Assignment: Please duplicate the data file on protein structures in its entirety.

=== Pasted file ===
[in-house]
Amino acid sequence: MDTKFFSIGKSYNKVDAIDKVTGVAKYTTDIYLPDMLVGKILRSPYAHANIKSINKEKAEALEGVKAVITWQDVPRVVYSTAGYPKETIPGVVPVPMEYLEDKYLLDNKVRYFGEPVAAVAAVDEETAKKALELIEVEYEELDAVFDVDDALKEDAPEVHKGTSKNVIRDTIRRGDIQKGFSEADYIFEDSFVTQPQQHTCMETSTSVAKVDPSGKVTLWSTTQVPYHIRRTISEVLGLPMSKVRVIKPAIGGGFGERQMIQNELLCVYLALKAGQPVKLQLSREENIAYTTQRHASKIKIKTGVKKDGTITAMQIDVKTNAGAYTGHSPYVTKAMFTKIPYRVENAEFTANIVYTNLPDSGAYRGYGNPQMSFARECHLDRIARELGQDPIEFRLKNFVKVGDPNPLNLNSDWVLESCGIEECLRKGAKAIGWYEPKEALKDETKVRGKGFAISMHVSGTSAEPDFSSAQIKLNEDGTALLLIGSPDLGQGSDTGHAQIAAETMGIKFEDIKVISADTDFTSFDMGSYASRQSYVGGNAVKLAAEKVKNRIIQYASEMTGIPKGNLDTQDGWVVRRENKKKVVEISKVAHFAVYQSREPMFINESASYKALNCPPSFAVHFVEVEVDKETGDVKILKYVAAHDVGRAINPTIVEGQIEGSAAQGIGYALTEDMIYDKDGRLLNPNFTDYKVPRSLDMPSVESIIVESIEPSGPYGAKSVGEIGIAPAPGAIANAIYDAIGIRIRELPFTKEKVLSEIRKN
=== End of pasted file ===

[in-house]
Amino acid sequence: MDTKFFSIGKSYNKVDAIDKVTGVAKYTTDIYLPDMLVGKILRSPYAHANIKSINKEKAEALEGVKAVITWQDVPRVVYSTAGYPKETIPGVVPVPMEYLEDKYLLDNKVRYFGEPVAAVAAVDEETAKKALELIEVEYEELDAVFDVDDALKEDAPEVHKGTSKNVIRDTIRRGDIQKGFSEADYIFEDSFVTQPQQHTCMETSTSVAKVDPSGKVTLWSTTQVPYHIRRTISEVLGLPMSKVRVIKPAIGGGFGERQMIQNELLCVYLALKAGQPVKLQLSREENIAYTTQRHASKIKIKTGVKKDGTITAMQIDVKTNAGAYTGHSPYVTKAMFTKIPYRVENAEFTANIVYTNLPDSGAYRGYGNPQMSFARECHLDRIARELGQDPIEFRLKNFVKVGDPNPLNLNSDWVLESCGIEECLRKGAKAIGWYEPKEALKDETKVRGKGFAISMHVSGTSAEPDFSSAQIKLNEDGTALLLIGSPDLGQGSDTGHAQIAAETMGIKFEDIKVISADTDFTSFDMGSYASRQSYVGGNAVKLAAEKVKNRIIQYASEMTGIPKGNLDTQDGWVVRRENKKKVVEISKVAHFAVYQSREPMFINESASYKALNCPPSFAVHFVEVEVDKETGDVKILKYVAAHDVGRAINPTIVEGQIEGSAAQGIGYALTEDMIYDKDGRLLNPNFTDYKVPRSLDMPSVESIIVESIEPSGPYGAKSVGEIGIAPAPGAIANAIYDAIGIRIRELPFTKEKVLSEIRKN